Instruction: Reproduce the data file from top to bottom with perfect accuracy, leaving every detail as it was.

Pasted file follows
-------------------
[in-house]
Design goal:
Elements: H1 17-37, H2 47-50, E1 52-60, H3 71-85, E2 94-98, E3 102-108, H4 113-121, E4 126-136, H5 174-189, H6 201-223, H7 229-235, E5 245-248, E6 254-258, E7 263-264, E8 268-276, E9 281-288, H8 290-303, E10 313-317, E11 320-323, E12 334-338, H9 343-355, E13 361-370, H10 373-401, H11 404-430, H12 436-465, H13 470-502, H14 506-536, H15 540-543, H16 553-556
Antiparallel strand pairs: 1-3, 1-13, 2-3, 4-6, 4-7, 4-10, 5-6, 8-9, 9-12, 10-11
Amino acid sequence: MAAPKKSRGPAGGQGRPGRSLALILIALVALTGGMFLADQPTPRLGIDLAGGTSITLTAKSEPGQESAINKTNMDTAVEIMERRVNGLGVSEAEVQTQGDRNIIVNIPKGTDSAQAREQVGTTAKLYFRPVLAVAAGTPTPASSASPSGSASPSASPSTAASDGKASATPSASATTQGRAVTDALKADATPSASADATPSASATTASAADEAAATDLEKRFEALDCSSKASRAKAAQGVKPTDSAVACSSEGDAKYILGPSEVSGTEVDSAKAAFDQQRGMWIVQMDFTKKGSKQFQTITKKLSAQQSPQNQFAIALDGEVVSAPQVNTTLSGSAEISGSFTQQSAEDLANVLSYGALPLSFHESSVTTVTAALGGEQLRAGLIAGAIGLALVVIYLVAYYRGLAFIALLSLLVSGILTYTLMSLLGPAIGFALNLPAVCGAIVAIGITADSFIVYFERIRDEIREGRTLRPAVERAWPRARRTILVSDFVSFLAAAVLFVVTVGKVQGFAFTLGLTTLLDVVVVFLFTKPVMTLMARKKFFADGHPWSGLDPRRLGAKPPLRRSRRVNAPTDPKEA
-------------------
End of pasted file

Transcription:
[in-house]
Design goal:
Elements: H1 17-37, H2 47-50, E1 52-60, H3 71-85, E2 94-98, E3 102-108, H4 113-121, E4 126-136, H5 174-189, H6 201-223, H7 229-235, E5 245-248, E6 254-258, E7 263-264, E8 268-276, E9 281-288, H8 290-303, E10 313-317, E11 320-323, E12 334-338, H9 343-355, E13 361-370, H10 373-401, H11 404-430, H12 436-465, H13 470-502, H14 506-536, H15 540-543, H16 553-556
Antiparallel strand pairs: 1-3, 1-13, 2-3, 4-6, 4-7, 4-10, 5-6, 8-9, 9-12, 10-11
Amino acid sequence: MAAPKKSRGPAGGQGRPGRSLALILIALVALTGGMFLADQPTPRLGIDLAGGTSITLTAKSEPGQESAINKTNMDTAVEIMERRVNGLGVSEAEVQTQGDRNIIVNIPKGTDSAQAREQVGTTAKLYFRPVLAVAAGTPTPASSASPSGSASPSASPSTAASDGKASATPSASATTQGRAVTDALKADATPSASADATPSASATTASAADEAAATDLEKRFEALDCSSKASRAKAAQGVKPTDSAVACSSEGDAKYILGPSEVSGTEVDSAKAAFDQQRGMWIVQMDFTKKGSKQFQTITKKLSAQQSPQNQFAIALDGEVVSAPQVNTTLSGSAEISGSFTQQSAEDLANVLSYGALPLSFHESSVTTVTAALGGEQLRAGLIAGAIGLALVVIYLVAYYRGLAFIALLSLLVSGILTYTLMSLLGPAIGFALNLPAVCGAIVAIGITADSFIVYFERIRDEIREGRTLRPAVERAWPRARRTILVSDFVSFLAAAVLFVVTVGKVQGFAFTLGLTTLLDVVVVFLFTKPVMTLMARKKFFADGHPWSGLDPRRLGAKPPLRRSRRVNAPTDPKEA